‘Stress Less Week,’ it’s pretty stressful

%27Stress+Less+Week%2C%27+it%27s+pretty+stressful

For those unaware, this week is “Stress Less Week.” Some would argue that trying to force relaxation, in any context, is stressful in itself, especially when there’s so much to do. For those of us who have endured Zoom for over a year, our sprinkled “Spring Break” days have looked much more like reading days. Katherine Hewitt, Trinity’s Wellness Coordinator, along with a few others, have gathered some tips on how to cope with the infamous “Zoom fatigue.”

We do want to note, however, that these tips should not stand in place of institutional support, nor were they intended to. Based on research Hewitt and a few others shared, students, faculty, and staff have voiced some of their ups and downs about what is and isn’t working on Zoom.

Make time for stretches

While pre-pandemic university life involved movement between classes across campus, students today are faced with the challenge of sitting through back-to-back lectures. To get blood flowing and to loosen up, Hewitt suggests that students and professors take stretch breaks both between and during classes.

Incorporate breaks during meetings

Whether it’s for five minutes or 15, breaks during a meeting can prove useful to everyone. It allows for people to go to the bathroom, grab a quick snack, or move around their house. Plus, a break could allow students to re-energize and keep their focus on class content.

Camera usage should be flexible

If there’s more “flexibility and comfortability” with having either the video on or off, fatigue may be minimized. If students don’t want to see their own video, they can elect to “hide self-view.” This means they won’t be able to see themselves, but their classmates can still see them.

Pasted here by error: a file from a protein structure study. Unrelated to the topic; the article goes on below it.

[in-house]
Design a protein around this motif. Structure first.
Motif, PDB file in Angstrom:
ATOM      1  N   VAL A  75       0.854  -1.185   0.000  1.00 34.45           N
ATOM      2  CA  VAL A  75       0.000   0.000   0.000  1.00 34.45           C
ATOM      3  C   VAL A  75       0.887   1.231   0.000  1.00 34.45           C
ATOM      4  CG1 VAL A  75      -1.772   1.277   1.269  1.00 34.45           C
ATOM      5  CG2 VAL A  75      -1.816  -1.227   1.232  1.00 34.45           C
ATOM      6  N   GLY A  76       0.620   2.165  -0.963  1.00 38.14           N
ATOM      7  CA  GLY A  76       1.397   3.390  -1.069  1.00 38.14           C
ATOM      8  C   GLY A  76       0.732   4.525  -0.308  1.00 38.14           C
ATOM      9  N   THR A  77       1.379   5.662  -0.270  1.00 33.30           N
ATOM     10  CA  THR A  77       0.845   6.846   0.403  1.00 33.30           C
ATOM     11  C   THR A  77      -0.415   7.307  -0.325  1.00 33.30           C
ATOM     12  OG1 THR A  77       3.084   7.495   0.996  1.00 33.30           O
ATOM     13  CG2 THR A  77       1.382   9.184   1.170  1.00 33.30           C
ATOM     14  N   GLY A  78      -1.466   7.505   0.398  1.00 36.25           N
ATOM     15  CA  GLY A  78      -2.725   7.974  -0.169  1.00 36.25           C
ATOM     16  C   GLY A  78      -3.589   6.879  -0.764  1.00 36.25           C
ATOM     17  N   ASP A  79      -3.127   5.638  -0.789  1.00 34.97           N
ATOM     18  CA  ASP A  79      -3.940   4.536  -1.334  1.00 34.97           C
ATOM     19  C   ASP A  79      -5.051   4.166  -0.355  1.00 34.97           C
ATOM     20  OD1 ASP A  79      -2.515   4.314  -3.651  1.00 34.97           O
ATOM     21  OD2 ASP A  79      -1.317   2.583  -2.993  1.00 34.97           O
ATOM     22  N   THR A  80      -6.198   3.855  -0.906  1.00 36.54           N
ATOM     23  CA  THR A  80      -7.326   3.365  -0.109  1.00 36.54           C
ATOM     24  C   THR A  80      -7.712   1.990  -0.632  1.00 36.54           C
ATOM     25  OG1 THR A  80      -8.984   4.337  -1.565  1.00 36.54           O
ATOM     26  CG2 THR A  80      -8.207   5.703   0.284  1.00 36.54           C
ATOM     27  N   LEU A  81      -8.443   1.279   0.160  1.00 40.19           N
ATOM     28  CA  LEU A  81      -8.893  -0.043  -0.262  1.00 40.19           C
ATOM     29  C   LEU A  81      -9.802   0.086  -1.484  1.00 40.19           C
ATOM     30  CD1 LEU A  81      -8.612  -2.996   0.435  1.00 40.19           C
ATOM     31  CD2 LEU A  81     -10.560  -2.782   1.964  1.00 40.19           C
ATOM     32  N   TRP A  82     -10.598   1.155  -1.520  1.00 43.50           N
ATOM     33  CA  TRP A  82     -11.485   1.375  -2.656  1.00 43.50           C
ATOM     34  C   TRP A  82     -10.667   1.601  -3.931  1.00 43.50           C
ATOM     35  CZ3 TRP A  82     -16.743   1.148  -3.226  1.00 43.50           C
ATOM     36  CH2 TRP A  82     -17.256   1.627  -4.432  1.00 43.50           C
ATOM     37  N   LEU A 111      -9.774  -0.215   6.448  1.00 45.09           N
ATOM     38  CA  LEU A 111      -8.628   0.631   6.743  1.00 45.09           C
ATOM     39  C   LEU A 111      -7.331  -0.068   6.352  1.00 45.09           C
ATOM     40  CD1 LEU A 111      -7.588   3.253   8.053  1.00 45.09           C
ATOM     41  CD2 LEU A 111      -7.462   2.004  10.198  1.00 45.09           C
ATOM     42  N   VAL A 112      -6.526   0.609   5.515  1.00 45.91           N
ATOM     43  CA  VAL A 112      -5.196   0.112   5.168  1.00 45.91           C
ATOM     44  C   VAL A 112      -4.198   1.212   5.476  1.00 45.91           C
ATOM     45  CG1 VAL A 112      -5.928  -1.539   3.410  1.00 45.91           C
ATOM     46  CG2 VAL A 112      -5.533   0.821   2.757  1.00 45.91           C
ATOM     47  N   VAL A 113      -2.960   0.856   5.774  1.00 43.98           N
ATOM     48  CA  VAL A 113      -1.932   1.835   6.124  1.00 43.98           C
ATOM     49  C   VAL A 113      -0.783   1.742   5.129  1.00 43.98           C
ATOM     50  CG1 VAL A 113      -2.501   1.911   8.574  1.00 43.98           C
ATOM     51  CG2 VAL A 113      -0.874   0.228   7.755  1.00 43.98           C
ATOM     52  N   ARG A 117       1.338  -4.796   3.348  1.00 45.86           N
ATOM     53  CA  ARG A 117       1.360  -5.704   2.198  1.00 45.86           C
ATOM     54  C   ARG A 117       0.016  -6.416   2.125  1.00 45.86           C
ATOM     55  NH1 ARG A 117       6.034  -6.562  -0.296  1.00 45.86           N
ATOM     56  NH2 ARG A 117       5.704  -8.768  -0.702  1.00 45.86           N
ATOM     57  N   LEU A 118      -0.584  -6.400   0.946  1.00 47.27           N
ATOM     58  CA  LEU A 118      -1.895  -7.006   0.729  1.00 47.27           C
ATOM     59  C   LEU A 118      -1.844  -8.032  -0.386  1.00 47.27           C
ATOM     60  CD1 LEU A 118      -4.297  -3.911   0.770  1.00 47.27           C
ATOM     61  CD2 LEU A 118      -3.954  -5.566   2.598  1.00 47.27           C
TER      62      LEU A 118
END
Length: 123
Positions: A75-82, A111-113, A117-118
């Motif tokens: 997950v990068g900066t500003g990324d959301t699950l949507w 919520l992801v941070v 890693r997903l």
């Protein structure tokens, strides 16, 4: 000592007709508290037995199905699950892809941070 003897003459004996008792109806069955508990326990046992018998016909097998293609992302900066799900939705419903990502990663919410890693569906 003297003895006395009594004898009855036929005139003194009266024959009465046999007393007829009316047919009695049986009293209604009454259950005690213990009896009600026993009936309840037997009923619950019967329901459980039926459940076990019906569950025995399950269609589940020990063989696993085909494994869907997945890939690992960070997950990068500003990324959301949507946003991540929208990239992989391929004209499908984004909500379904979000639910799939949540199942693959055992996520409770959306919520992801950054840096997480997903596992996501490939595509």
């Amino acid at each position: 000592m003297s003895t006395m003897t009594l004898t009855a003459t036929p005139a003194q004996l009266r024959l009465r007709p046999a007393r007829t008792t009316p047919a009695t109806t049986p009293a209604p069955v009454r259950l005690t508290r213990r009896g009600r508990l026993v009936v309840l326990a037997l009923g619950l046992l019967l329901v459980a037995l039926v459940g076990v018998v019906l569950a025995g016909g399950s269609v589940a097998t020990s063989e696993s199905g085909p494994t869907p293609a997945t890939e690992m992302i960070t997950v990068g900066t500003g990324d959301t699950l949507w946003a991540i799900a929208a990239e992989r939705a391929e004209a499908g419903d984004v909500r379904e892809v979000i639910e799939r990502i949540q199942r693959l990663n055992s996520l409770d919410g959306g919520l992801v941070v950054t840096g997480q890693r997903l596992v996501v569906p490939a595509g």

According to Hewitt’s findings, students find it harder to engage if their camera is turned off — keeping it tends to hold them accountable. Additionally, it can be hard for professors to keep an engaging environment if students aren’t keeping their video on. According to one person, it is “disappointing to enter a meeting as the only person with their video on.”

Alternate forms of collaboration

According to Hewitt’s research, students don’t mind break out rooms in lieu of doing class activities as a whole. If lectures are asynchronous, students prefer to watch them with a classmate or friend. Another person also suggested alternative forms of collaboration, like a common Google document.

Don’t set wild expectations

Setting high expectations during a time when it’s so much harder to meet them will only lead you to be disappointed at the end of the day. Hewitt suggests to “Do what you can.” Be sure to check in with yourself about how you’re feeling. If you think you need some form of mental health help, reach out to a trusted friend or professional.